Interesting, funny and humble guy (admitted right up front that he almost failed out of High School math).
His focus was on the difference between academics and and business people, and the contributions (or lack thereof) of many economists.
Lots of interesting insights, you can see the whole speech on-demand at www.hsmglobal.com. Worth checking out, hilarious bit about working with prostitutes to set the correct price for services.
What I enjoyed most about his speech was this one simple, and provocative thought…the power of “I Don’t know”.
Academics come from the point of view that they don’t know the answer to most questions and must do research to answer them.
They (or at least Levitt) starts every assignment with “I don’t know” as a premise and determine what steps to take to answer that.
Business people are trained never to say “I don’t know” for fear of showing weakness and putting their jobs in jeopardy.
But this could be a big mistake.
By not allowing themselves to admit that they may not know the answer they miss the opportunity to learn and improve the business by actually doing some field work and information and insight gathering.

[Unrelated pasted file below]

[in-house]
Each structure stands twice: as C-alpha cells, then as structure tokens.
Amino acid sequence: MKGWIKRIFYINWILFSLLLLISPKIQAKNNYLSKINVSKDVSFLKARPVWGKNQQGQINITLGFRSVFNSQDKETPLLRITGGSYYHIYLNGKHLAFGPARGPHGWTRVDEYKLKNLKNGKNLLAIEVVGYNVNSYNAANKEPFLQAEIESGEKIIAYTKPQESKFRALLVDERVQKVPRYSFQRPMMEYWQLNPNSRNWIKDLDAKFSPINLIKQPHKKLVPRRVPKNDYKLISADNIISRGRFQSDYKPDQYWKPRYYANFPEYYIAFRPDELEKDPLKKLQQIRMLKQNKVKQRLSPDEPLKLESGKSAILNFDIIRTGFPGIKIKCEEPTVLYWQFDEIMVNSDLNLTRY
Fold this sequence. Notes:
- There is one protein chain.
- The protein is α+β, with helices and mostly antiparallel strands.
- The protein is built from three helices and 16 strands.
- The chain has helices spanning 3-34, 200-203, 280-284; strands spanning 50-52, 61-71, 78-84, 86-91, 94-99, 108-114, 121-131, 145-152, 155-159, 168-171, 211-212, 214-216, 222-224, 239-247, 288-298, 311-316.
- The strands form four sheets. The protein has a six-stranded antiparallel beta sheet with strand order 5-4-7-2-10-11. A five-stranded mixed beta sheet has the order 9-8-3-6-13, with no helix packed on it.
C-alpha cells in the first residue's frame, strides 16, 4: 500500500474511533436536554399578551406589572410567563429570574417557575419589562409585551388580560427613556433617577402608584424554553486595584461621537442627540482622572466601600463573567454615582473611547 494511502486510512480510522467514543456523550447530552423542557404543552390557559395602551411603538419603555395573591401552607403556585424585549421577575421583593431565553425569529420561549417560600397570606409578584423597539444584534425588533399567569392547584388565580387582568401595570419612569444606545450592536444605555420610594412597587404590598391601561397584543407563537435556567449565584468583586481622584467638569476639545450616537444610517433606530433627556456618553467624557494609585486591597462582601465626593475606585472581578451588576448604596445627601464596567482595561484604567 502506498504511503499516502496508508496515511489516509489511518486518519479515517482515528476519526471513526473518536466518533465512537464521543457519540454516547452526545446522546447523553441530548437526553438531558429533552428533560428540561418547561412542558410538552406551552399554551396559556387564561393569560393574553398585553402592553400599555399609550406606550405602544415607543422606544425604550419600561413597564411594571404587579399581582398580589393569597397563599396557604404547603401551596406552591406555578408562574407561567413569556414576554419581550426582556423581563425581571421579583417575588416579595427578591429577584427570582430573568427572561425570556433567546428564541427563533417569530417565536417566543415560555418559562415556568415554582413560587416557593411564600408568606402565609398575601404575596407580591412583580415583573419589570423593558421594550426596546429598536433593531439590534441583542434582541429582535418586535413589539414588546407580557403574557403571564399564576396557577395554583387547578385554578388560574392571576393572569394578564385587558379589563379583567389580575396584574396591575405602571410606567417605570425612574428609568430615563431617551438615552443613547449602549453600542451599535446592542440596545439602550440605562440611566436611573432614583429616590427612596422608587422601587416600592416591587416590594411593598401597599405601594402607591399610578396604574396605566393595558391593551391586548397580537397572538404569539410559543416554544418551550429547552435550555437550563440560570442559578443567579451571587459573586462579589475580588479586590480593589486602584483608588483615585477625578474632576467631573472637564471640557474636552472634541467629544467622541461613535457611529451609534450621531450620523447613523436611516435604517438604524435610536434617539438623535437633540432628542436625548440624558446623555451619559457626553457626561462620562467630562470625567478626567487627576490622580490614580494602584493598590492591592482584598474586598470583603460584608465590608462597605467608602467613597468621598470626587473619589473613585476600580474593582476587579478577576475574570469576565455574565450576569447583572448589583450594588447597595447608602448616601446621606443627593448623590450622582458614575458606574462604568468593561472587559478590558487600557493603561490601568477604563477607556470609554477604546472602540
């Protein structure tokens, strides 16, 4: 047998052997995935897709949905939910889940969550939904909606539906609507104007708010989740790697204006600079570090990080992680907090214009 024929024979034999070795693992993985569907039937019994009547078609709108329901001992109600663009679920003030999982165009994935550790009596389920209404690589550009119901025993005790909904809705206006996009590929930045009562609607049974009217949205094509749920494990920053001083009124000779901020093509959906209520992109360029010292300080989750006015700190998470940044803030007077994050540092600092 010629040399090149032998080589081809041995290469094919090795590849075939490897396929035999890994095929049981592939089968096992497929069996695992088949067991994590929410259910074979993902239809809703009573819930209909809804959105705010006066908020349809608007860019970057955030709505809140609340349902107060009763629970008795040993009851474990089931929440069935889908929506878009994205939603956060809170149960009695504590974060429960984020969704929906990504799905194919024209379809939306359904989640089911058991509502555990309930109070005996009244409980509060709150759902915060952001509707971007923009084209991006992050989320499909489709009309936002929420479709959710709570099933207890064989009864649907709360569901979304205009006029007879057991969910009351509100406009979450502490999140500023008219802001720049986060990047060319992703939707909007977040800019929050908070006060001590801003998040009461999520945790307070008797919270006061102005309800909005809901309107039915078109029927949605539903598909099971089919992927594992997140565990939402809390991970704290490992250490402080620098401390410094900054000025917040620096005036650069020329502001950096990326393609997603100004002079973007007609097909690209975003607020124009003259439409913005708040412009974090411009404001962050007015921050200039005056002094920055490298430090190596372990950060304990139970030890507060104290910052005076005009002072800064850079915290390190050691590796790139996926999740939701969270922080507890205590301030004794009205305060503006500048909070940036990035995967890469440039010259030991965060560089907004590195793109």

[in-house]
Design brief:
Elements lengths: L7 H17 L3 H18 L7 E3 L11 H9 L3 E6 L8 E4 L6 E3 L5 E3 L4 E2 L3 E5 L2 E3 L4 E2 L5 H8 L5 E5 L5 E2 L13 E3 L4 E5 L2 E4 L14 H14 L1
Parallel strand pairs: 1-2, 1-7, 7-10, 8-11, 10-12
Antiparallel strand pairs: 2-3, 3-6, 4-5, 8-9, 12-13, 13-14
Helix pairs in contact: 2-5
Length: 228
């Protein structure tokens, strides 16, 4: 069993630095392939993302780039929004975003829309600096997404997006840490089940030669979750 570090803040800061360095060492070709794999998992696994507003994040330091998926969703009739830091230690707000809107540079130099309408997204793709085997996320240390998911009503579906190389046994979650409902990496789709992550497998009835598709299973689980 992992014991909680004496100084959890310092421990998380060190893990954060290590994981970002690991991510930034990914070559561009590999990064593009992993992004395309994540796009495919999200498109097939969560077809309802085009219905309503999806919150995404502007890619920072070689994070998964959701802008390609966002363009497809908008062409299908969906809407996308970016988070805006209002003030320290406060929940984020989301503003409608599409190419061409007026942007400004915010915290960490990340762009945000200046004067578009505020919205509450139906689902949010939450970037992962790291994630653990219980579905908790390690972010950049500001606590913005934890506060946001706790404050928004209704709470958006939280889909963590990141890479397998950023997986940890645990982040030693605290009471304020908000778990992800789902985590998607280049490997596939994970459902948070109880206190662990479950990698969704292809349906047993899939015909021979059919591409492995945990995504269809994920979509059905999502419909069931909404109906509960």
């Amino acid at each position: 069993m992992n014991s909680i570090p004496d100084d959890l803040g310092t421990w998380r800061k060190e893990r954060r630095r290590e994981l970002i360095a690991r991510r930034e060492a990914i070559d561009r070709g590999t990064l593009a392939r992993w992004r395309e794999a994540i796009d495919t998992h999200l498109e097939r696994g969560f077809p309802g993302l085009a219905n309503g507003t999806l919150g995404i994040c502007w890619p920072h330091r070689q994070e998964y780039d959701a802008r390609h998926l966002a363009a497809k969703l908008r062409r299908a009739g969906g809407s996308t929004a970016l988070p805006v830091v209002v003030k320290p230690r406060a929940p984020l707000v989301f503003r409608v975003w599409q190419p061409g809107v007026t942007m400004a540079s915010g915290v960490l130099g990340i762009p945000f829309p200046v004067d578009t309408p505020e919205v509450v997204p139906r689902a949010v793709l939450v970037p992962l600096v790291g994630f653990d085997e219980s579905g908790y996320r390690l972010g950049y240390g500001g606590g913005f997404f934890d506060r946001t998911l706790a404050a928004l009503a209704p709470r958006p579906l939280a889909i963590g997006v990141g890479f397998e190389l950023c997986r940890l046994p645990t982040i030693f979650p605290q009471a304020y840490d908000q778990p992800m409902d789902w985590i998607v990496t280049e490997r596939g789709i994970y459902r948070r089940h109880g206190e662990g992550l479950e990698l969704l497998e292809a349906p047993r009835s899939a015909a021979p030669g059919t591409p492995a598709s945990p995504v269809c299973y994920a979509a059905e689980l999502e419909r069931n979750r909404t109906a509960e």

They go right to a more knee jerk, superficial information gathering actions. The energy is spent on image protection, not really finding out the answer to the question.
The real shame is that, unlike academics that have to go out and find data, businesses often have rich, daily and under-used data at their fingertips.
Two key take aways:
#1 Businesses should use daily data, do field experiments, try what works and doesn’t and learn and improve in real time
#2 Managers should lead by example and encourage teams to “say I don’t know” and take the steps to learn and improve their businesses. Drop the stigma and move on to meaningful learning and action.
I am going test run Levitt’s advice and leverage the power of “I don’t know” and see if it improves my effectiveness in marketing and beyond.
Interesting and simple idea.
That’s my point of view. What’s your twist?
Do you use the power of “I don’t know”?